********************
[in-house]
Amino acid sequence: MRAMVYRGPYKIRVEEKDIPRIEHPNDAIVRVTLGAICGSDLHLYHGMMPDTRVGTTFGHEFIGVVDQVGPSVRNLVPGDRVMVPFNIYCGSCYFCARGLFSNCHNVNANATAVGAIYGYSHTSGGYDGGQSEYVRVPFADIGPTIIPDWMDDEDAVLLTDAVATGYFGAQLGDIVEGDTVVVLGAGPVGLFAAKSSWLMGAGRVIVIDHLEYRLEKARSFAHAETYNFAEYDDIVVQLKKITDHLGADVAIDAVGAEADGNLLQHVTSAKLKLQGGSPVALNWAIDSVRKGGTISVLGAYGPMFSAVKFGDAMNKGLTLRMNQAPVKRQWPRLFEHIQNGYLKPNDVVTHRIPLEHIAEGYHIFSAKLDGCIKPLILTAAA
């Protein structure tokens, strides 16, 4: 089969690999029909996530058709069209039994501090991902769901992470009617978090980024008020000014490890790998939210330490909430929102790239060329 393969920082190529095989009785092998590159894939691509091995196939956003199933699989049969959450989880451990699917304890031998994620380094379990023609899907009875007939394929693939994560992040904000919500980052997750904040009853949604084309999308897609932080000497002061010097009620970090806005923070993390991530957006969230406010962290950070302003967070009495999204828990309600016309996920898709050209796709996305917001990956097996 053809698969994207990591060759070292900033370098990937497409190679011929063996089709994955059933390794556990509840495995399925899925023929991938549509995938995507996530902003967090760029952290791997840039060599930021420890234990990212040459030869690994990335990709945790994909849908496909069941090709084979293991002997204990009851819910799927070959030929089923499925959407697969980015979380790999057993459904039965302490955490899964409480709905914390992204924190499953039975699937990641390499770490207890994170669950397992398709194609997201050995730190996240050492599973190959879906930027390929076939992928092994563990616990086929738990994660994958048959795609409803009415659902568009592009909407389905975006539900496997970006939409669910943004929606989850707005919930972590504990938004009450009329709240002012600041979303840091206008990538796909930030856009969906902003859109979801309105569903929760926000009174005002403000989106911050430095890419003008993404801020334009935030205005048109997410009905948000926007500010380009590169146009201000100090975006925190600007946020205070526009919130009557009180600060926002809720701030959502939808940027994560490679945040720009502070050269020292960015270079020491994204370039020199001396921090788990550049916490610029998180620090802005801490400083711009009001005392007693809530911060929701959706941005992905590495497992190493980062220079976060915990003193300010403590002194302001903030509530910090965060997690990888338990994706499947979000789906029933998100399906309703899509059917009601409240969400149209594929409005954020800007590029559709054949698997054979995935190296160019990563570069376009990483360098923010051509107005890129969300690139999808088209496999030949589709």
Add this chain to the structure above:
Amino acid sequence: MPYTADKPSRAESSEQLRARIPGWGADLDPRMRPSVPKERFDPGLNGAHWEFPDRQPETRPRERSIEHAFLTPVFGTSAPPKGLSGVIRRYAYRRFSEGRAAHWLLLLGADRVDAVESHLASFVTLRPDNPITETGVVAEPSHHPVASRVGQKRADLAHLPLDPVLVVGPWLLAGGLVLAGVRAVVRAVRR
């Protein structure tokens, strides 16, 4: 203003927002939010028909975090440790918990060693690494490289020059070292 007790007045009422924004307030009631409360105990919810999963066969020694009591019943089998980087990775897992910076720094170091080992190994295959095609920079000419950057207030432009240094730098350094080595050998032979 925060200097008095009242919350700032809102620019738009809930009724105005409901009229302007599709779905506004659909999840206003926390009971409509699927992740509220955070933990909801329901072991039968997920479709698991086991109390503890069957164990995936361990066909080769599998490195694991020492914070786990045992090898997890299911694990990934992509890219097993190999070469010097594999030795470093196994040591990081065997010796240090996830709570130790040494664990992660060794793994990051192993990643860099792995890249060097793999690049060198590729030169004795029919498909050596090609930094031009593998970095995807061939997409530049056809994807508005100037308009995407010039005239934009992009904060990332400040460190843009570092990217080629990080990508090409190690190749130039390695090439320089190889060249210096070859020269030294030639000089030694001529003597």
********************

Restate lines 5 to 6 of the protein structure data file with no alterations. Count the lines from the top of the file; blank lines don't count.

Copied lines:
Amino acid sequence: MPYTADKPSRAESSEQLRARIPGWGADLDPRMRPSVPKERFDPGLNGAHWEFPDRQPETRPRERSIEHAFLTPVFGTSAPPKGLSGVIRRYAYRRFSEGRAAHWLLLLGADRVDAVESHLASFVTLRPDNPITETGVVAEPSHHPVASRVGQKRADLAHLPLDPVLVVGPWLLAGGLVLAGVRAVVRAVRR
């Protein structure tokens, strides 16, 4: 203003927002939010028909975090440790918990060693690494490289020059070292 007790007045009422924004307030009631409360105990919810999963066969020694009591019943089998980087990775897992910076720094170091080992190994295959095609920079000419950057207030432009240094730098350094080595050998032979 925060200097008095009242919350700032809102620019738009809930009724105005409901009229302007599709779905506004659909999840206003926390009971409509699927992740509220955070933990909801329901072991039968997920479709698991086991109390503890069957164990995936361990066909080769599998490195694991020492914070786990045992090898997890299911694990990934992509890219097993190999070469010097594999030795470093196994040591990081065997010796240090996830709570130790040494664990992660060794793994990051192993990643860099792995890249060097793999690049060198590729030169004795029919498909050596090609930094031009593998970095995807061939997409530049056809994807508005100037308009995407010039005239934009992009904060990332400040460190843009570092990217080629990080990508090409190690190749130039390695090439320089190889060249210096070859020269030294030639000089030694001529003597």